Sunday, February 28, 2021

Are Bankers Mobsters Becomes Question in German Cum-Ex Probe

-

Germany’s biggest tax scandal has landed the masters of the financial universe with an unflattering label: criminal organizations.

It’s an allegation not leveled by finger-wagging populist crusaders, but prosecutors seeking to push their case beyond a probe of lost revenue.

Now two dozen financial institutions caught up in the so-called Cum-Ex dragnet are suspected of forming criminal organizations, money laundering, and in some cases investor fraud, a court document shows.

Equating bankers with behavior associated with mobsters lets prosecutors pack more punch into a case exploring whether financial institutions and wealthy individuals illegally engaged in controversial transactions that allowed multiple dividend-tax refunds.

The Cum-Ex deals, which peaked between 2007 and 2011 before the government shut them down, cost the German treasury more than 10 billion euros ($11 billion) in lost revenue, lawmakers estimate.

While tax crimes remain the central issue, prosecutors have also found evidence that some private investors may have been duped and that the trading strategy may have entailed money laundering by sharing illicit profits, the ruling, an search warrant, seen by Bloomberg News says.

The warrant was used by the authorities to raid the offices of Deutsche Boerse AG’s Clearstream unit last month, the central depository for any shares in Germany. The court document mentioned more than 50 probes by Cologne prosecutors.

Adding Crimes

The investigations focus on banks, brokers and asset managers over various roles that were necessary for the Cum-Ex transactions, including buyer, short-seller, custody bank and providers of leverage.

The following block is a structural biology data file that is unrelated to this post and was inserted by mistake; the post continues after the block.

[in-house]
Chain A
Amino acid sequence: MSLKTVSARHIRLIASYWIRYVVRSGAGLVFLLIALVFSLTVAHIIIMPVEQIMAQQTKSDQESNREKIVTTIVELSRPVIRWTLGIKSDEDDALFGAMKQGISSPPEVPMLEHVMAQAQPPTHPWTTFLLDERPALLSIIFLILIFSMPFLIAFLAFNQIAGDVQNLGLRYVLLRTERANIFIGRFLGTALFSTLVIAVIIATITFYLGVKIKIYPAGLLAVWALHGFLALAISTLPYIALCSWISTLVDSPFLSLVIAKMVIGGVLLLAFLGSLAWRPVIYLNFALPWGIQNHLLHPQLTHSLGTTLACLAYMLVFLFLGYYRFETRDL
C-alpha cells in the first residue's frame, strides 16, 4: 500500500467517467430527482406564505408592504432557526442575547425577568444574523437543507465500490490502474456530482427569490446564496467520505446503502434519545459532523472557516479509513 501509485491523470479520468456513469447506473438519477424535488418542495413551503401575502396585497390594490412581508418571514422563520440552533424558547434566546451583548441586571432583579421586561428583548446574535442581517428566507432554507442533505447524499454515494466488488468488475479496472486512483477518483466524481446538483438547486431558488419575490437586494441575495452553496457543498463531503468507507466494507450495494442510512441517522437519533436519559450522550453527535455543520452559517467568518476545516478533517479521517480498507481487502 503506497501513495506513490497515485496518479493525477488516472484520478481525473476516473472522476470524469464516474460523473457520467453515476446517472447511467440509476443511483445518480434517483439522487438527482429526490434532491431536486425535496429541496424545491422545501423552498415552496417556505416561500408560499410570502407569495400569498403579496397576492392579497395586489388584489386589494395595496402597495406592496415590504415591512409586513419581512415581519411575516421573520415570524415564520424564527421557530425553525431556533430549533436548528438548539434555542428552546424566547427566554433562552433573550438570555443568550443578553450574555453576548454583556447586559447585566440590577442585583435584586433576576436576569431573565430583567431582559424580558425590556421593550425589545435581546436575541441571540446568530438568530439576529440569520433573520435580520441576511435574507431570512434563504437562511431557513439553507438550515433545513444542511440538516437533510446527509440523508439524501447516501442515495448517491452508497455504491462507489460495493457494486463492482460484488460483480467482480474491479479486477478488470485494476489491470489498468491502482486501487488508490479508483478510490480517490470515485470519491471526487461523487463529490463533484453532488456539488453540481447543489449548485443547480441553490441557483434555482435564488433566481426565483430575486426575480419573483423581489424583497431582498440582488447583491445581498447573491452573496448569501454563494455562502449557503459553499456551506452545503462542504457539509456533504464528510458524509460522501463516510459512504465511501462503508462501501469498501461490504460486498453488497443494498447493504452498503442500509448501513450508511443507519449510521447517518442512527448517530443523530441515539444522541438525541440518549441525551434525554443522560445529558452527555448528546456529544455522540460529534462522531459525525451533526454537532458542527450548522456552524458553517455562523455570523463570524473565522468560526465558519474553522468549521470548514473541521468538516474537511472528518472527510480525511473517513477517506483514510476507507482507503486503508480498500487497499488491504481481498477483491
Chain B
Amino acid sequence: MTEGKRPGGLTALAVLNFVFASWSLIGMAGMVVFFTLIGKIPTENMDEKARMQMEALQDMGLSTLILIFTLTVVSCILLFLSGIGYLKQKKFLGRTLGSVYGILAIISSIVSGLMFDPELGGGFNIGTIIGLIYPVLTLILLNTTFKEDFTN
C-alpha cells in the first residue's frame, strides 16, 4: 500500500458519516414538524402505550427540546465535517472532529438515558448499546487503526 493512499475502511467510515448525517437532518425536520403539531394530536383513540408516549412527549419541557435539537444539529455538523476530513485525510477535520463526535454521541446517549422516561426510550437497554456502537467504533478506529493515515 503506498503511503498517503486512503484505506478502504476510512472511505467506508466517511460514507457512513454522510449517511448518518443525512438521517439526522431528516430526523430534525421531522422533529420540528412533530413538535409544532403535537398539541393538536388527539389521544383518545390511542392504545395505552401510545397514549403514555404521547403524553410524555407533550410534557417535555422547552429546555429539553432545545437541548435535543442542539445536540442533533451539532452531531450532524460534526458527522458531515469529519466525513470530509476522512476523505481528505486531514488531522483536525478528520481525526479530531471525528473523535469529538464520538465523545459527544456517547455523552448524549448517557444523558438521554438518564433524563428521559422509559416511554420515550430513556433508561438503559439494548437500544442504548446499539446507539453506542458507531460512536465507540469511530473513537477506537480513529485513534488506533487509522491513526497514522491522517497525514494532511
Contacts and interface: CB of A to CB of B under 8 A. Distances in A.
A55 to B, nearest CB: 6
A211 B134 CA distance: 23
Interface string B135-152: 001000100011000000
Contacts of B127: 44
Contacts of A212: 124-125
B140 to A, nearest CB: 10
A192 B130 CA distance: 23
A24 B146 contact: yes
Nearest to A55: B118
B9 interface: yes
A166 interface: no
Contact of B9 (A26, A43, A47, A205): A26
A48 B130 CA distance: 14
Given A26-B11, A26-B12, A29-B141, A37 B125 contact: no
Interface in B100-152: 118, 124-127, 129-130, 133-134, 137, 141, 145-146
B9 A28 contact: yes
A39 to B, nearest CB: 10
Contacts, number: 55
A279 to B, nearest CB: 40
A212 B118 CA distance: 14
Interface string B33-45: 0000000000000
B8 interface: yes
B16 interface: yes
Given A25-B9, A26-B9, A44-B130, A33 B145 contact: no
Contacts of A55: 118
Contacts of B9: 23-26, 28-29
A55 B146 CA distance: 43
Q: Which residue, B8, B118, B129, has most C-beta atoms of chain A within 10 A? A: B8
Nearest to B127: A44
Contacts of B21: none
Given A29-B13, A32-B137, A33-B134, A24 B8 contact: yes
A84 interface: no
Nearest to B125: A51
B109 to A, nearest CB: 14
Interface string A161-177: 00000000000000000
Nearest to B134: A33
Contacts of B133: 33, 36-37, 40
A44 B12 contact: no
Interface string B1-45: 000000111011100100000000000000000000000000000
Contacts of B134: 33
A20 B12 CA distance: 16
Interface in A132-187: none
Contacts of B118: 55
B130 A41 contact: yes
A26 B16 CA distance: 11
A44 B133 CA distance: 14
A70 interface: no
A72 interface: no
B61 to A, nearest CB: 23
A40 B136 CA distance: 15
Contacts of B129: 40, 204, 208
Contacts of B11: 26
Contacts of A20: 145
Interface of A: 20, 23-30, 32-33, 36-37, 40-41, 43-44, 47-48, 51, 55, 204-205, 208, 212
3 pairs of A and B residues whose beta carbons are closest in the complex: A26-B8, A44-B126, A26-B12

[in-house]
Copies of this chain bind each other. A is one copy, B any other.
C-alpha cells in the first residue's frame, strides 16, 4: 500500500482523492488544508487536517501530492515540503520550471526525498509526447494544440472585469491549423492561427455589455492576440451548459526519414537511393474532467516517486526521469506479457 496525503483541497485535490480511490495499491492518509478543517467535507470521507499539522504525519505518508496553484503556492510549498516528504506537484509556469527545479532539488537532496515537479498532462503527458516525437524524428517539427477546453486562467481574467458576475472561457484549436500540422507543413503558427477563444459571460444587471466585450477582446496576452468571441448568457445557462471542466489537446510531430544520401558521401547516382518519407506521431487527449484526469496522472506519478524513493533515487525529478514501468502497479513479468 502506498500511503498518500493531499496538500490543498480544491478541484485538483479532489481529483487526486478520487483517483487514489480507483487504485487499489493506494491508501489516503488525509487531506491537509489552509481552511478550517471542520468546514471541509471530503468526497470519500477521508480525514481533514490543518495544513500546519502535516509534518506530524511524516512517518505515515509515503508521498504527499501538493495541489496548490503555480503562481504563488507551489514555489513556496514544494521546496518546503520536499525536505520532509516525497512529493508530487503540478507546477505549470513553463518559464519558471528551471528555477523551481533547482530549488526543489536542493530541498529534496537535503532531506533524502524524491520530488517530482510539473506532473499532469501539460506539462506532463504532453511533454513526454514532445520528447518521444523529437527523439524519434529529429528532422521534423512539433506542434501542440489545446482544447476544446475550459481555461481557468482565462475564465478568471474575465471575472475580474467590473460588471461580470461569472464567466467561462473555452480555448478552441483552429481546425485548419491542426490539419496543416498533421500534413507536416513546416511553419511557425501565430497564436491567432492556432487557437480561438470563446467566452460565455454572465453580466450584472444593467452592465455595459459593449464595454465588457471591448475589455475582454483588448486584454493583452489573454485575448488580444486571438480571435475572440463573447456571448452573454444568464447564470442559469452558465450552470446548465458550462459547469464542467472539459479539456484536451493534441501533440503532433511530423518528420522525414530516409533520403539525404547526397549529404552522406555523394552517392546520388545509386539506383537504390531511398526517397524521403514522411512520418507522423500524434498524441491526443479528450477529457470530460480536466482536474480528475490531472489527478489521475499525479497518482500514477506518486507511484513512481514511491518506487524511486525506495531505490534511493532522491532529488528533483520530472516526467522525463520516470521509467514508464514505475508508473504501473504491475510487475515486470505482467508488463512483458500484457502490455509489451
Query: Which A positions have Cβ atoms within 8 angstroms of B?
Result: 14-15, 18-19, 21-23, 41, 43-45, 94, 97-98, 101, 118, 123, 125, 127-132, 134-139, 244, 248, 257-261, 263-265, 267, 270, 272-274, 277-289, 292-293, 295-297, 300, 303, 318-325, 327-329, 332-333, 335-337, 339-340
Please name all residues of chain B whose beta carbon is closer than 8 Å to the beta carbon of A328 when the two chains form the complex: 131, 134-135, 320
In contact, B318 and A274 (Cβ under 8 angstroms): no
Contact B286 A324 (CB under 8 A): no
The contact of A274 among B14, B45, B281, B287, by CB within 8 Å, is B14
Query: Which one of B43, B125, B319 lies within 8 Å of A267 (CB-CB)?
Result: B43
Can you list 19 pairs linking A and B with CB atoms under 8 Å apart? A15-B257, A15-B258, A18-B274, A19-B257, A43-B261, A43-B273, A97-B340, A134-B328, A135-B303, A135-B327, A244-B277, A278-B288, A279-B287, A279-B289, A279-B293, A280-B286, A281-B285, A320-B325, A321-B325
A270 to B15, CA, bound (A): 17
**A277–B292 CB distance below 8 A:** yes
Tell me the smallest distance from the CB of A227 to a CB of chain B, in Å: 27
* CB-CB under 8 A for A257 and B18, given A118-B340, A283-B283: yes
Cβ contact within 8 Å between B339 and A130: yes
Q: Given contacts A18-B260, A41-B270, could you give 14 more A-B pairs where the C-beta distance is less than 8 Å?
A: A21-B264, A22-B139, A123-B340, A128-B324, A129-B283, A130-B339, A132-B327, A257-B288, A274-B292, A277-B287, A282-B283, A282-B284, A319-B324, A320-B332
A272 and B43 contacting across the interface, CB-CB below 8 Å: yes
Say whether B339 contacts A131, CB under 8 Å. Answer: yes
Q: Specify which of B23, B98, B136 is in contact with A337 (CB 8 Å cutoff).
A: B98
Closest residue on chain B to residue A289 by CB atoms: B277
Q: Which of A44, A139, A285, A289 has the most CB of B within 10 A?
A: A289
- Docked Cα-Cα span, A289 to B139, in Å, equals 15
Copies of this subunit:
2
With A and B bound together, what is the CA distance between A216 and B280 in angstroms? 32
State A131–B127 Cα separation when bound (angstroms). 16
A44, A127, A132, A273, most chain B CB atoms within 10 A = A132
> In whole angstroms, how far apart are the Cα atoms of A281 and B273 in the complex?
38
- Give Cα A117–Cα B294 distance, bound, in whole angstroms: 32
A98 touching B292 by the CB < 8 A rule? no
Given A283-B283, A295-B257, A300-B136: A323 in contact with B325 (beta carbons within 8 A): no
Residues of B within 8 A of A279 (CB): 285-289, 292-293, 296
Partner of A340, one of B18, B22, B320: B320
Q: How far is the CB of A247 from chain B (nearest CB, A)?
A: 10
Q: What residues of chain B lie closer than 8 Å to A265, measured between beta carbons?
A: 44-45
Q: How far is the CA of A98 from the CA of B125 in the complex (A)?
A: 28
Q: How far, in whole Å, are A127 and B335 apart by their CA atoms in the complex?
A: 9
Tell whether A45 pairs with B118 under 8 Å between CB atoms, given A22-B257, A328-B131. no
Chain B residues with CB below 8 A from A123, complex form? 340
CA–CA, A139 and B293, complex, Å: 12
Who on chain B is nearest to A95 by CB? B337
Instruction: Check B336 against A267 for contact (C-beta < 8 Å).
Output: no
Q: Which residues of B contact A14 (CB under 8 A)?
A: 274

- Advertisement -

According to the latest findings, affiliated companies within a group often took on several of these roles, according to the document. Besides brokers and investment companies, the warrant list more than 20 lenders, among them Morgan Stanley, JPMorgan Chase & Co. and Bank of America Merrill Lynch.

Advertisement

Must Read

Four jurisdictions, including the Cayman Islands and Morocco, will undergo increased monitoring as they face pressure from a global watchdog to address deficiencies in...
A London court ruled on Thursday that billionaire Indian diamond magnate Nirav Modi could be extradited to his home country to face charges of...
Cisco Systems Inc. is investigating an alleged embezzlement scheme by former employees in China that may have involved payments to Chinese state-owned firms, the...
Cryptocurrency ATMs have seen a surge in interest amid this year's Bitcoin frenzy, fuelling concerns the machines could be exploited by "money mules" looking...
A former mayor of a small Florida city has been arrested on child pornography possession and distribution charges. The U.S. Attorney’s Office for the Middle...
Advertisement

Latest News

South Carolina’s men’s basketball program was placed on probation for two years by the NCAA on Thursday for former assistant coach Lamont Evans accepting...
FIFA's ethics judges closed a bribery investigation against German great Franz Beckenbauer because a statute of limitations expired, soccer's world governing body said Thursday. Beckenbauer...
Global money-laundering watchdog the Financial Action Task Force (FATF) on Thursday said it would keep Pakistan on its terrorism financing “grey list”. FATF had placed...
Conservative lawmaker Georg Nüsslein faces accusations he received €660,000 to lobby for a mask supplier. The Bundestag voted unanimously to lift his immunity. Investigators raided...
A former state attorney in north Florida is facing multiple federal charges related to allegations of bribery, extortion and fraud, officials announced Friday. Jeffrey Siegmeister,...
Advertisement
Advertisement
Enable Notifications    OK No thanks